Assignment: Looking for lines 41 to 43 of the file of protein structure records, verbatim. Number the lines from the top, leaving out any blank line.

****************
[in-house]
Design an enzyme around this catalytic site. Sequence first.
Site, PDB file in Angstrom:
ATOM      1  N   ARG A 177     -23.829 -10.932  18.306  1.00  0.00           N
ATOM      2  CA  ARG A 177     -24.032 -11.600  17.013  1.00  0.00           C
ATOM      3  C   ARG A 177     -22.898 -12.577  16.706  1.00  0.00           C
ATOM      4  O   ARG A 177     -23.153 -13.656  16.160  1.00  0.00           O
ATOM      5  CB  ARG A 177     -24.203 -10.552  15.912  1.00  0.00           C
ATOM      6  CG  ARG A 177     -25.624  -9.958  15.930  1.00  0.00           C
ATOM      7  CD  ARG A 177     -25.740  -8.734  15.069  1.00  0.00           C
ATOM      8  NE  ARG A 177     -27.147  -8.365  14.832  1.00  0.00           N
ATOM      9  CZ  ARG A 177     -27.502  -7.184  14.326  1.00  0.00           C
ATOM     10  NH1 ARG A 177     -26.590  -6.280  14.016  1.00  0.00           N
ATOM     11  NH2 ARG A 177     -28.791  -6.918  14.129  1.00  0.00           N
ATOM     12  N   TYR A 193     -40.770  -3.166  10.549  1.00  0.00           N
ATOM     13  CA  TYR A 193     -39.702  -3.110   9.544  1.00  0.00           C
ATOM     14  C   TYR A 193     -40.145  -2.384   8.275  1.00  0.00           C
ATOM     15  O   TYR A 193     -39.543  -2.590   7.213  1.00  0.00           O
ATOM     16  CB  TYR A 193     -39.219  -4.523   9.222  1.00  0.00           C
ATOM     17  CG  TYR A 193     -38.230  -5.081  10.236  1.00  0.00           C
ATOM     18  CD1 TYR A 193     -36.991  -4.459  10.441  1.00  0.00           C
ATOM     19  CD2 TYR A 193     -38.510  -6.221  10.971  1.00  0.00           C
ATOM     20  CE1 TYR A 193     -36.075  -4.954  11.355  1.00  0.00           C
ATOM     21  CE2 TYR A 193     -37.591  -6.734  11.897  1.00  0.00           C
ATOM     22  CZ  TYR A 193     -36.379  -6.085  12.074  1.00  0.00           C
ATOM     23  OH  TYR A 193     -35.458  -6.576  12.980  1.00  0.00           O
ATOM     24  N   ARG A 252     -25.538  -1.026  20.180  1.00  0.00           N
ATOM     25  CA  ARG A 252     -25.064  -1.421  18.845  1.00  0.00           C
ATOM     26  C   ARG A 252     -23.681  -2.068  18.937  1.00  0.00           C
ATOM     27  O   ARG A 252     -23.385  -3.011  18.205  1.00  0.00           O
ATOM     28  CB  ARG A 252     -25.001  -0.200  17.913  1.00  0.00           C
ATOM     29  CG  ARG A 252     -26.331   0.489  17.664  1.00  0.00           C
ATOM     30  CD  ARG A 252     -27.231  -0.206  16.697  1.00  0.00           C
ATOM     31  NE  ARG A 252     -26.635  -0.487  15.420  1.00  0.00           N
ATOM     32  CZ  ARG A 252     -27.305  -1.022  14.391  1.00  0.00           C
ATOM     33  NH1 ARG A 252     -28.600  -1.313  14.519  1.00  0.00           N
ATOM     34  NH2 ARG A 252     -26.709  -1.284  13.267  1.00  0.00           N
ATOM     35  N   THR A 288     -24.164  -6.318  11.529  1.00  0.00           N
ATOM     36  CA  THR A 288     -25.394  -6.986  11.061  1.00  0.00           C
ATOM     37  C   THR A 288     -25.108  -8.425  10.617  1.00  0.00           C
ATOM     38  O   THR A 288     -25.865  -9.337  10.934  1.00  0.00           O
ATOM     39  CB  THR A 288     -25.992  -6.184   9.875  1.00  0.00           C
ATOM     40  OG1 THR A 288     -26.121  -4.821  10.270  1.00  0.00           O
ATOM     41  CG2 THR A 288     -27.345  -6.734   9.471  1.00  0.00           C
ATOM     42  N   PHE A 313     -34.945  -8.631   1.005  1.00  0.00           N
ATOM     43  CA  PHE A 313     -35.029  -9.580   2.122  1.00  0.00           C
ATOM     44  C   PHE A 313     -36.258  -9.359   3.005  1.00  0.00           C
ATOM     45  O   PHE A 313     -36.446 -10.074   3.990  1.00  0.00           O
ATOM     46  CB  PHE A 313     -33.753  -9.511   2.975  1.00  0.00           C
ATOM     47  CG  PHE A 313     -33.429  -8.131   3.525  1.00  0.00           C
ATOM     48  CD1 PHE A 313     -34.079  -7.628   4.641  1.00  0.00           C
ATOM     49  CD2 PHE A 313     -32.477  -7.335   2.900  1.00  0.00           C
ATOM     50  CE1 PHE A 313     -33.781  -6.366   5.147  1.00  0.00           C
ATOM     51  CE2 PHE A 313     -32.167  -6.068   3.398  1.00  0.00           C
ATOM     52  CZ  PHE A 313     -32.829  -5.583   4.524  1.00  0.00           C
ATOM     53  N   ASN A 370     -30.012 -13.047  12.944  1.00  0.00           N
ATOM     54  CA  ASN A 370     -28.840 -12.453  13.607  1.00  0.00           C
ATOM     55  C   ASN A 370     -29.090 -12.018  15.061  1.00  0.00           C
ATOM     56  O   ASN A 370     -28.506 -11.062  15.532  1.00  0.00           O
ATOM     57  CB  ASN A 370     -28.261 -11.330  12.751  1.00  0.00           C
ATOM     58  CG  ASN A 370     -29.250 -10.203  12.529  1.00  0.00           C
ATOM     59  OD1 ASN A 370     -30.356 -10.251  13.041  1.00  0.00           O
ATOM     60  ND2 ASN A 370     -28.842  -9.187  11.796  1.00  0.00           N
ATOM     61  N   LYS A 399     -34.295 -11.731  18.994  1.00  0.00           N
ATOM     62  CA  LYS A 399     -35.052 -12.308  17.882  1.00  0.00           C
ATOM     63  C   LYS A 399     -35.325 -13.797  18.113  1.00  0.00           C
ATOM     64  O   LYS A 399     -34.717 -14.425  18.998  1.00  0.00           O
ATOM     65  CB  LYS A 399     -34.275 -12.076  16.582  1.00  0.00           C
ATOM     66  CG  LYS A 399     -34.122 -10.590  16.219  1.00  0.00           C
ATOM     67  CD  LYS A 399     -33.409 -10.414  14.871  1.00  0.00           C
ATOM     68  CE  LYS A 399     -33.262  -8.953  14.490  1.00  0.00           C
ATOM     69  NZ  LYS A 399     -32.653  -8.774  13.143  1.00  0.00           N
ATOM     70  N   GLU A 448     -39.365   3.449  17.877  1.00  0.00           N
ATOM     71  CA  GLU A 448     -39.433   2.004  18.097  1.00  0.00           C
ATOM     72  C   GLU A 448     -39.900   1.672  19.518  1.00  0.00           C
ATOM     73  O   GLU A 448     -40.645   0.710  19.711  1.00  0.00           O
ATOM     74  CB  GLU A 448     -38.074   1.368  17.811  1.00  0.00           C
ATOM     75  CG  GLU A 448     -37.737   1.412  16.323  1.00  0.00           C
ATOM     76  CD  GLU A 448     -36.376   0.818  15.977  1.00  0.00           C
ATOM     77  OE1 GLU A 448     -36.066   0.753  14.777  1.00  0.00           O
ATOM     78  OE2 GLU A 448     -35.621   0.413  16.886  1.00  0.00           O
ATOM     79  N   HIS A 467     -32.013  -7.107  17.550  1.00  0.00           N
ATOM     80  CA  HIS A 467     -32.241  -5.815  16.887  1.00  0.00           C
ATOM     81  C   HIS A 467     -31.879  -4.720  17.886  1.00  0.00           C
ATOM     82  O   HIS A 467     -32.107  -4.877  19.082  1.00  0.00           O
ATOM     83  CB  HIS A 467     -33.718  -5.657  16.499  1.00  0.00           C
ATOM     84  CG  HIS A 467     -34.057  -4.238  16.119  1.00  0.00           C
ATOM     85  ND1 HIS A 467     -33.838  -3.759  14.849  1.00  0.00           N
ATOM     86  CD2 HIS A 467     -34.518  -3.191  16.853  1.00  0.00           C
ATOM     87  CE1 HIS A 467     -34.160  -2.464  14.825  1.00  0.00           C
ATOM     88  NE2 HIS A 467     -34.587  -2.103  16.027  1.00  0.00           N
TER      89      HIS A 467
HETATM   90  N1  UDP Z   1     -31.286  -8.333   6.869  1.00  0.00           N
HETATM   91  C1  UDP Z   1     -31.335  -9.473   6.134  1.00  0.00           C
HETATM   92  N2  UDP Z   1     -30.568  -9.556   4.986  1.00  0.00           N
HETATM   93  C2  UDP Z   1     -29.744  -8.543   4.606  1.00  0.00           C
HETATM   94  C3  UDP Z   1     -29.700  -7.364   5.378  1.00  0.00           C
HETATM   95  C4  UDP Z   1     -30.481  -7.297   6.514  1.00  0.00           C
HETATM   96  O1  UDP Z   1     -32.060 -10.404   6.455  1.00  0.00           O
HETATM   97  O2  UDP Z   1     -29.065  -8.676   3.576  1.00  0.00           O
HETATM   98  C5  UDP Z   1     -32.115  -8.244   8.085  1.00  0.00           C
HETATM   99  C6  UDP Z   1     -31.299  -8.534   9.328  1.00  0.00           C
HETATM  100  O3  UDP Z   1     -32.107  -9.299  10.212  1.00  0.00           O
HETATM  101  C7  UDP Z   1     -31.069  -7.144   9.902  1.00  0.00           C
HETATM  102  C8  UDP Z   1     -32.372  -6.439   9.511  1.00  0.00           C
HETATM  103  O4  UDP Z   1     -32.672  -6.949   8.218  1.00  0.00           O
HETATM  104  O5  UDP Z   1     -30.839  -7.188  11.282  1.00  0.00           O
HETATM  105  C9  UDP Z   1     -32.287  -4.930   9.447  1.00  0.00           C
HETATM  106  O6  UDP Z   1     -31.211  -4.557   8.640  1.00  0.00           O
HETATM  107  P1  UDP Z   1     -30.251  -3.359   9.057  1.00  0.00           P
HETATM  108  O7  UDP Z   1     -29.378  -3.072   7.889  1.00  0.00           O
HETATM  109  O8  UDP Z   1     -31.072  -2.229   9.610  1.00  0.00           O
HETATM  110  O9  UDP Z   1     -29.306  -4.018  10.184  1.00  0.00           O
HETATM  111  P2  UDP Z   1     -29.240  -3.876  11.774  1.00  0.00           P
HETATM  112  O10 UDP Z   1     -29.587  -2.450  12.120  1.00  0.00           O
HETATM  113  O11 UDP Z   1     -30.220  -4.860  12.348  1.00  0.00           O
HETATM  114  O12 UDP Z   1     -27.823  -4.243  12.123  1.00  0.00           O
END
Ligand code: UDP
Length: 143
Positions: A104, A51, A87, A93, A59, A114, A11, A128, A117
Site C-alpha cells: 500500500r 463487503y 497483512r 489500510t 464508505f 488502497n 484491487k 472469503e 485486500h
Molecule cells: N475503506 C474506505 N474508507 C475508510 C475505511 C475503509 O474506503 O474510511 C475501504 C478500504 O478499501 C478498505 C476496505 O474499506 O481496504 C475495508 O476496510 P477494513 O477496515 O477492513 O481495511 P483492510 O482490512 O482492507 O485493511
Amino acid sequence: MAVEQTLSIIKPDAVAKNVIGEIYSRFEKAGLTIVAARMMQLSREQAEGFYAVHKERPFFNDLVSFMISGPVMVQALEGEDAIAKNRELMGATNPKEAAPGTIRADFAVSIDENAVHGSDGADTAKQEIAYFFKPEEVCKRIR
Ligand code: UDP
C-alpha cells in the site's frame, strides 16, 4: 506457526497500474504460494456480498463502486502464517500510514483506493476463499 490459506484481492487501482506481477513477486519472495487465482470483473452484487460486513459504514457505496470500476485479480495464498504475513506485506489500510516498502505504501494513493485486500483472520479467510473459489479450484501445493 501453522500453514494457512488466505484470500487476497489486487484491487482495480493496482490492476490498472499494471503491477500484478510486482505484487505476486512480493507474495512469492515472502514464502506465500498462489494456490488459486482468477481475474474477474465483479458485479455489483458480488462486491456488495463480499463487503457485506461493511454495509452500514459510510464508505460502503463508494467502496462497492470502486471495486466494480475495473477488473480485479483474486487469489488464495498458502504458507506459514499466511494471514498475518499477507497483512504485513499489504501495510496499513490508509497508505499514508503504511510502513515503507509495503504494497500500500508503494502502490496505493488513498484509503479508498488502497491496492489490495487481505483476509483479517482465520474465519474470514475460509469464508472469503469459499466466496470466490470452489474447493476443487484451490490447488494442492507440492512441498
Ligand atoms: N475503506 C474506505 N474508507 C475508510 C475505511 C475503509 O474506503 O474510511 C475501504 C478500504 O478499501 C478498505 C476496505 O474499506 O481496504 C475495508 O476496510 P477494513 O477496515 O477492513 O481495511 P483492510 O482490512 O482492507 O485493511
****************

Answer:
ATOM     38  O   THR A 288     -25.865  -9.337  10.934  1.00  0.00           O
ATOM     39  CB  THR A 288     -25.992  -6.184   9.875  1.00  0.00           C
ATOM     40  OG1 THR A 288     -26.121  -4.821  10.270  1.00  0.00           O